5 Questions with…Mary Alice Haddad

Mary Alice Haddad says that the election of the Democratic Party of Japan, and more particularly the relegation of the long-dominant Liberal Democratic Party to opposition status, promises to shake up long-standing political patterns in that country.

Mary Alice Haddad says that the election of the Democratic Party of Japan, and more particularly the relegation of the long-dominant Liberal Democratic Party to opposition status, promises to shake up long-standing political patterns in that country. (Photo by Stefan Weinberger '10)

The candidate for issue’s “5 Questions with…” is Mary Alice Haddad, assistant professor of government, assistant professor of East Asian studies. She provides some insight into the recent, dramatic change in the Japanese government.

Q: What are your primary areas of study and research?

MAH: My primary area of research has been on civil society and democracy with a focus on Japan. I am beginning a new research project on environmental politics in East Asia. I am particularly interested in the ways that local politics around environmental issues can lead toward greater citizen participation in democratic as well as nondemocratic countries.

Q: How did you become interested in these areas?

MAH: I have been fascinated by the differences in the ways that Japanese and Americans experience democracy in different ways in their local communities and what that means for our broader understandings of democracy and democratic development.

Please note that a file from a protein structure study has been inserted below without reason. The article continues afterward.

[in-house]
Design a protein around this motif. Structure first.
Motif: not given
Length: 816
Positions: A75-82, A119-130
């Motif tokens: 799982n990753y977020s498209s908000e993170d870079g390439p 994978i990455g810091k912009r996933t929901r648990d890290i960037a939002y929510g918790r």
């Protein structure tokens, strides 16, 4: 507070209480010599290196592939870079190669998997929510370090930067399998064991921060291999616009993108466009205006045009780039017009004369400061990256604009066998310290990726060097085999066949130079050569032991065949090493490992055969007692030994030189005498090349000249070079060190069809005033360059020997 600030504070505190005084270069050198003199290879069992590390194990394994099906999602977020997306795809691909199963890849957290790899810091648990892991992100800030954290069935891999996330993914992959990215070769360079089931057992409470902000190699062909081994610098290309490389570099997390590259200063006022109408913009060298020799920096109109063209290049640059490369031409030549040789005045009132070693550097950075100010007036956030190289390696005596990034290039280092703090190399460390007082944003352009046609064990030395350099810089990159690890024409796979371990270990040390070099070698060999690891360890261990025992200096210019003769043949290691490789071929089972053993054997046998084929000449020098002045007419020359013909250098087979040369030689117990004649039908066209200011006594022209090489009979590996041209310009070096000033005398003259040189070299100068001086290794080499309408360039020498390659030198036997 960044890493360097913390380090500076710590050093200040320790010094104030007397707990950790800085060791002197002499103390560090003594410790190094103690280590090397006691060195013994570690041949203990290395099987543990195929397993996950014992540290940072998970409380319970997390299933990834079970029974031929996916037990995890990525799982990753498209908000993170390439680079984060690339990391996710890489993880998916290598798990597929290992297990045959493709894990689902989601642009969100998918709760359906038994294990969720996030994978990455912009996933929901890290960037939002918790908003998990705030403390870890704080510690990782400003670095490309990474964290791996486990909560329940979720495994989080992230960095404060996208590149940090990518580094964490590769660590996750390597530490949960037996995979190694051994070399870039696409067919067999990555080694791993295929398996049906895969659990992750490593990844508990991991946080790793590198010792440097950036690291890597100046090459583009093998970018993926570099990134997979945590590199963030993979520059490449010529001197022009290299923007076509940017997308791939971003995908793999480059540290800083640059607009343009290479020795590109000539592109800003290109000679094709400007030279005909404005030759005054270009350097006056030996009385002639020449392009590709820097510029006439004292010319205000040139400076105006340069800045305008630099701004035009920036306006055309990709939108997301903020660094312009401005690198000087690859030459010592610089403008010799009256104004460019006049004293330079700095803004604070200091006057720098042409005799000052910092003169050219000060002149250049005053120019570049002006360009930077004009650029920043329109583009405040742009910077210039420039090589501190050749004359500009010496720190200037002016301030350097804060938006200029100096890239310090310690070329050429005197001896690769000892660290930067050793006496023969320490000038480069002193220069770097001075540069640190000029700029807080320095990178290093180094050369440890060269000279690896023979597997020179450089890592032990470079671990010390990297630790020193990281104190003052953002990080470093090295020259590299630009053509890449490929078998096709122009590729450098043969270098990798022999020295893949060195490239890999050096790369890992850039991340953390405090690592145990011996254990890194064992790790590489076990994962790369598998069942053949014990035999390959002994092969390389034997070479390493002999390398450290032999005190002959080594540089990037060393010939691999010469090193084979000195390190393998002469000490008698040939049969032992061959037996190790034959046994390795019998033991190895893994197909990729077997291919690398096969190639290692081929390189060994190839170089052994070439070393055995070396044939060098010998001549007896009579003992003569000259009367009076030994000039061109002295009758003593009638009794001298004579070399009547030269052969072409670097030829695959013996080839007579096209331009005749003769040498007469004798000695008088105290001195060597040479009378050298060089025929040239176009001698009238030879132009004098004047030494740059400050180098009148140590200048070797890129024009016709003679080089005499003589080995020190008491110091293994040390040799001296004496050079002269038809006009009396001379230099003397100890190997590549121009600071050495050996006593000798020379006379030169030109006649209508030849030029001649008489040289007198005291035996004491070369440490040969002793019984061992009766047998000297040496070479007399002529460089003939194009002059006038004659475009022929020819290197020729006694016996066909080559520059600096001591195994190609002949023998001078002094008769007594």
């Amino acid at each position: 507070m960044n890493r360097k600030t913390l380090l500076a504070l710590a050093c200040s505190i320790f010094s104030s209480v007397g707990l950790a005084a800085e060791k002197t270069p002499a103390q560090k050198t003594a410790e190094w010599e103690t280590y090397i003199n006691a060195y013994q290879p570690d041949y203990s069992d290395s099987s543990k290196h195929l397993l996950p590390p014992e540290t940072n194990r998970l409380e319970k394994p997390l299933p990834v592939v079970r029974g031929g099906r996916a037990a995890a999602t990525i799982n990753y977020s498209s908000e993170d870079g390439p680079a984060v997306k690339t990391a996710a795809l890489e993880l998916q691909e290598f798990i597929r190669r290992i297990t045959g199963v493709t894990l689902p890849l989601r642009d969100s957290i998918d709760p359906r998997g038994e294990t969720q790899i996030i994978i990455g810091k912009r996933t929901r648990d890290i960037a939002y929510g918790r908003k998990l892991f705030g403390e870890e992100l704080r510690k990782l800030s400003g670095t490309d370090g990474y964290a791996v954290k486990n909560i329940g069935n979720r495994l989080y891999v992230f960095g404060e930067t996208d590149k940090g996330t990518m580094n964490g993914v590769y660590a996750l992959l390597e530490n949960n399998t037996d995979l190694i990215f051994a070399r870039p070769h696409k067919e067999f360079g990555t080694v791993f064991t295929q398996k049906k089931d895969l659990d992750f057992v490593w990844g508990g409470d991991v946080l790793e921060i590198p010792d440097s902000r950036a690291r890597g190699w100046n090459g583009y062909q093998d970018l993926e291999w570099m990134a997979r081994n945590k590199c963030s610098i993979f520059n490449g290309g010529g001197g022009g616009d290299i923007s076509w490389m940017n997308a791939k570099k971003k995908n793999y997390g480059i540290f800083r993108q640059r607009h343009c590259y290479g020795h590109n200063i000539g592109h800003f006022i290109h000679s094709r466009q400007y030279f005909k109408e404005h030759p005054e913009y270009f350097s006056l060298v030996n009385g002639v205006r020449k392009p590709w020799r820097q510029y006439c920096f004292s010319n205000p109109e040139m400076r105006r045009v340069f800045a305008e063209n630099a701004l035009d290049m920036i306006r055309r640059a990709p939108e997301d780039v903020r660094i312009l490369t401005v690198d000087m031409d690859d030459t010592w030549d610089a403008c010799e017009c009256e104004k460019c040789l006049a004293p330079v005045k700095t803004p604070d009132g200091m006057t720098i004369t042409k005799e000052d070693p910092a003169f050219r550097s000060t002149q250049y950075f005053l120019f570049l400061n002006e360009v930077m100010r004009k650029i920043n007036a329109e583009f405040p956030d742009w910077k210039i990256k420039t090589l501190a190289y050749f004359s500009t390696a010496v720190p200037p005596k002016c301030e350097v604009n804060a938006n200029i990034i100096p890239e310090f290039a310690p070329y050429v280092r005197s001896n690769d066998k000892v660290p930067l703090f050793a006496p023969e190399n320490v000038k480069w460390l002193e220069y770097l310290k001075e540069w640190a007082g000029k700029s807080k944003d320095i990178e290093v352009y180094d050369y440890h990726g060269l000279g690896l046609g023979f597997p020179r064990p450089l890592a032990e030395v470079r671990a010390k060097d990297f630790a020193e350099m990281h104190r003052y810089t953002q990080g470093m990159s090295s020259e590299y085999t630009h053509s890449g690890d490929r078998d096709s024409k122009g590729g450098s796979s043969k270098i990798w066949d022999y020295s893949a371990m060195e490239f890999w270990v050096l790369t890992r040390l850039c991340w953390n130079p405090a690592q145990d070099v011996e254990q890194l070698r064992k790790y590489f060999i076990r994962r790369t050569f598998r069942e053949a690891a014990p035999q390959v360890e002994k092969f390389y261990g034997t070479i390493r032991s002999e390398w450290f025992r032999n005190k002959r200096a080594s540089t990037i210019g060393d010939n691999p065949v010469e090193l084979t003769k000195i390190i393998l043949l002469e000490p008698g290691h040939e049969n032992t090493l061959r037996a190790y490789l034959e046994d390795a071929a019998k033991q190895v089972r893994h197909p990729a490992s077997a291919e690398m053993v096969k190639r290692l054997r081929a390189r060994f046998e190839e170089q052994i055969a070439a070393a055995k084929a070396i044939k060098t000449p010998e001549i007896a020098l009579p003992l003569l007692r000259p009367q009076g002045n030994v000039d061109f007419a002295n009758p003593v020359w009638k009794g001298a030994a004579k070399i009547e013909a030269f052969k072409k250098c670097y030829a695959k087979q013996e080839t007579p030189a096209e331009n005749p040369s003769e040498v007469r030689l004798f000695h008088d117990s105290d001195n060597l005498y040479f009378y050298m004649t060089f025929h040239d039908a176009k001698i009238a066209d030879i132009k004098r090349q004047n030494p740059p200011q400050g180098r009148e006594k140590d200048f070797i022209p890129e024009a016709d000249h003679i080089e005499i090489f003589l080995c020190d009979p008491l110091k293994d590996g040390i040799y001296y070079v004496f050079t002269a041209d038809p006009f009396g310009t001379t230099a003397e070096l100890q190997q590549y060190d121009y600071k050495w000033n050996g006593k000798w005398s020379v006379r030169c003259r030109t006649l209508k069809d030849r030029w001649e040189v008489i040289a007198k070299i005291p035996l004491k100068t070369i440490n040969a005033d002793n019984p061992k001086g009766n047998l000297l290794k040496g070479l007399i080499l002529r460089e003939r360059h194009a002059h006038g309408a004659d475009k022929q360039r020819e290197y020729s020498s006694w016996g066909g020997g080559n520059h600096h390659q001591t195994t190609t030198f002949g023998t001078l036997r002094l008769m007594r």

Q: How significant are the recent changes in the Japanese government?

MAH: Extremely significant. Japanese politics has been undergoing profound transformation over the past two decades, and the election of the Democratic Party of Japan (DPJ) this past August is the most recent, and perhaps the most significant, of these changes. The election of the Democratic Party of Japan, and more particularly the relegation of the long-dominant Liberal Democratic Party to opposition status, promises to shake up long-standing political patterns in that country. However, it is a bit too early to tell how profound the change in government will be.

Q: What will be some of most noticeable difference these changes will create with Japanese and U.S. relations?

MAH: In practical, policy terms, I doubt there will be much change.  The US-Japan alliance is one of the oldest and most important in the world, and there are large incentives on both sides to keep the relationship healthy and strong. That said, I expect that the tone of the relationship will change to one more consistent with an equal partnership. This shift has been a gradual one and long in coming, and I expect that the change in Japan’s ruling party will help solidify the new, more equal, partnership.

Q: How will these changes affect Japan’s relations with other countries of the Pacific Rim and Russia?

MAH: Again, it is not yet clear if there will be a change in the content of policies or just in tone and pattern of engagement. Most diplomacy is not conducted by elected politicians but rather by foreign service personnel and private business, neither of whom were voted out of their positions this past August. The largest change in Japanese foreign policy will probably be greater public recognition of the importance of Sino-Japanese relations. Once again, this has been a gradual shift that has been occurring over several decades, but I expect that with the DPJ in power there will be more public recognition of active diplomatic efforts to improve relations with China.